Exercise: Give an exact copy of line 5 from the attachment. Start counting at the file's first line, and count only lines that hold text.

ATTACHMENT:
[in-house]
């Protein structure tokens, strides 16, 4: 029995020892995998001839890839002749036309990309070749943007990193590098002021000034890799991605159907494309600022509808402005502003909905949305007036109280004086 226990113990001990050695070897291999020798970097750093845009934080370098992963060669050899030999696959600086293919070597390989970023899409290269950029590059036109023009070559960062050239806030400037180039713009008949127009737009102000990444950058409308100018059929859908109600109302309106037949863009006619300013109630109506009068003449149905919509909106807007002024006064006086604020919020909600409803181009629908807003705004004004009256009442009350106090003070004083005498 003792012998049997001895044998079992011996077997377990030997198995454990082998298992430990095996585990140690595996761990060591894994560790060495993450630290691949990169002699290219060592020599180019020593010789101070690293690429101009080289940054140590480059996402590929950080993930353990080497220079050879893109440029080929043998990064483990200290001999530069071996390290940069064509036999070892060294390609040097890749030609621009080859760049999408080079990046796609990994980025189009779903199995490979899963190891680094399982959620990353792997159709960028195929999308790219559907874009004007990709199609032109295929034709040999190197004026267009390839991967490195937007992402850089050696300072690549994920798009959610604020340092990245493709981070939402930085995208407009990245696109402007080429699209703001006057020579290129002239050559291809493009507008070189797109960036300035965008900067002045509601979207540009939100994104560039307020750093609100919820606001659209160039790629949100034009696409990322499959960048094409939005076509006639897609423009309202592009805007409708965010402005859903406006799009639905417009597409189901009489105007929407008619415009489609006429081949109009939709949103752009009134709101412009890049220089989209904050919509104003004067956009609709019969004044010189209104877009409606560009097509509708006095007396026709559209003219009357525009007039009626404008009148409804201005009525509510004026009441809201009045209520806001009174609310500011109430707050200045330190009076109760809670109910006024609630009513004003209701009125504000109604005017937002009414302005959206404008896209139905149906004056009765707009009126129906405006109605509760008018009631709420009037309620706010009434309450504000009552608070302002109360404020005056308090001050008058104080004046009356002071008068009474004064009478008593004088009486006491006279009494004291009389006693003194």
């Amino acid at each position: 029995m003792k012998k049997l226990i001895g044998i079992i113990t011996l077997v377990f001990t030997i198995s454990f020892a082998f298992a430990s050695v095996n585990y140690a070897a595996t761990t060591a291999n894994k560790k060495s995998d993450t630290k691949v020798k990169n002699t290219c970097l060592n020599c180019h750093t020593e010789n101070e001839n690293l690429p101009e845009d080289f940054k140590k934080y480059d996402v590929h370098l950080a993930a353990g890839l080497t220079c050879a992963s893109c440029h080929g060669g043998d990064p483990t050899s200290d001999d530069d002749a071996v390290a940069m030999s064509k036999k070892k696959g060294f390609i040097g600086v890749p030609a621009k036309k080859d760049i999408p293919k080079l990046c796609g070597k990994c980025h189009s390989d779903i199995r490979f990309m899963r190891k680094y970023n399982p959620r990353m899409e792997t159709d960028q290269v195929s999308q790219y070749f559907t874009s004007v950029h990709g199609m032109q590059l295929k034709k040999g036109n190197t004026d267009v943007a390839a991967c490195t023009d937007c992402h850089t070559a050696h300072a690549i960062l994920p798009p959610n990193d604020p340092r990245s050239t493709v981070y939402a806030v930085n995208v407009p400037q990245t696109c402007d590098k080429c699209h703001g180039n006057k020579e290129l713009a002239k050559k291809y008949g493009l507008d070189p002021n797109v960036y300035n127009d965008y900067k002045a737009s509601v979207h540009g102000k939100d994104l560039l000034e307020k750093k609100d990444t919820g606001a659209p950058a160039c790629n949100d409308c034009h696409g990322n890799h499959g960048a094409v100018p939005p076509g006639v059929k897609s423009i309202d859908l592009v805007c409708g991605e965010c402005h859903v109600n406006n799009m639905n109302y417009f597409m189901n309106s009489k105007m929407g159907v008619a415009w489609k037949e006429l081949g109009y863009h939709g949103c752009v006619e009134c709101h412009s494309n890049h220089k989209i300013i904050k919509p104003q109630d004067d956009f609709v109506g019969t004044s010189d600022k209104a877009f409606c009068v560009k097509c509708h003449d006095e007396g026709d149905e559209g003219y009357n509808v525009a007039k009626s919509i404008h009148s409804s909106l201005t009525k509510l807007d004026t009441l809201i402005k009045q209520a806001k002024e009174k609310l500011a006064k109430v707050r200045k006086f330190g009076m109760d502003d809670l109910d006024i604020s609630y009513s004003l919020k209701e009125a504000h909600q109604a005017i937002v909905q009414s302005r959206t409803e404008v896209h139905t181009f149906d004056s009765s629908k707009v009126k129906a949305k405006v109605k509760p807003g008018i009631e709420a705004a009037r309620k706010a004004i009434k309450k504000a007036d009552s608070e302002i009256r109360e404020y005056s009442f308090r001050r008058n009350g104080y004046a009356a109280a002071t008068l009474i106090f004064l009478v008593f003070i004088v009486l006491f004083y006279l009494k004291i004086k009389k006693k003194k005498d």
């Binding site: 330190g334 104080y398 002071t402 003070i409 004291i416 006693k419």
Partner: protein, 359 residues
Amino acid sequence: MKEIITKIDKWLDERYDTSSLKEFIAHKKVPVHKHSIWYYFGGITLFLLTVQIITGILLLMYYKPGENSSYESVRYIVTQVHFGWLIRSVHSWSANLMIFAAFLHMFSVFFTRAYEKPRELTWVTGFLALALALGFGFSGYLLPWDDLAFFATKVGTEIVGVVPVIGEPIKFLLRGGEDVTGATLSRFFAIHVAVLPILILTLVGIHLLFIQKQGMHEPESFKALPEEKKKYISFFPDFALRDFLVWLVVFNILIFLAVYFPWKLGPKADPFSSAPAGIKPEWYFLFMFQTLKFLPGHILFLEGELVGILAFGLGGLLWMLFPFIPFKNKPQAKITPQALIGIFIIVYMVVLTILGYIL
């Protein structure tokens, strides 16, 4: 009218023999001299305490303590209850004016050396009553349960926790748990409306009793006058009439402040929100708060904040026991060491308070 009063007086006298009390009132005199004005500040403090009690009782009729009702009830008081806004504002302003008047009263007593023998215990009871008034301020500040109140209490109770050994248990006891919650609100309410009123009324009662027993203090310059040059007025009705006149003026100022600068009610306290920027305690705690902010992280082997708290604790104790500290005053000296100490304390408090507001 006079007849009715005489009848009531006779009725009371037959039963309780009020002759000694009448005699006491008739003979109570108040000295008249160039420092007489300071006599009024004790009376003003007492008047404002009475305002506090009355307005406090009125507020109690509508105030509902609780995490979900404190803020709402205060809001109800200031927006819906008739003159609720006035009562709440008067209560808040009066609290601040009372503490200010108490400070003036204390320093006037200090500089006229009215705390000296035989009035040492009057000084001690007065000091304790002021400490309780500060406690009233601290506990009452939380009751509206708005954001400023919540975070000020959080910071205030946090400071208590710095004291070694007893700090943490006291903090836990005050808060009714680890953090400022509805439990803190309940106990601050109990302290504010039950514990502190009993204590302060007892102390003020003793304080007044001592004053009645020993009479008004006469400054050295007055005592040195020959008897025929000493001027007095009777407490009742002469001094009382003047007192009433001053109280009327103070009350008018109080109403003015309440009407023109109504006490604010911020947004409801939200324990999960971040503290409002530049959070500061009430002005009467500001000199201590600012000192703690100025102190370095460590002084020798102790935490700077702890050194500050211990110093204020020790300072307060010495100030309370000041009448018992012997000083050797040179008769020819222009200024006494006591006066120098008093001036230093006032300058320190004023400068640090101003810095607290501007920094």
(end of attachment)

Partner: protein, 359 residues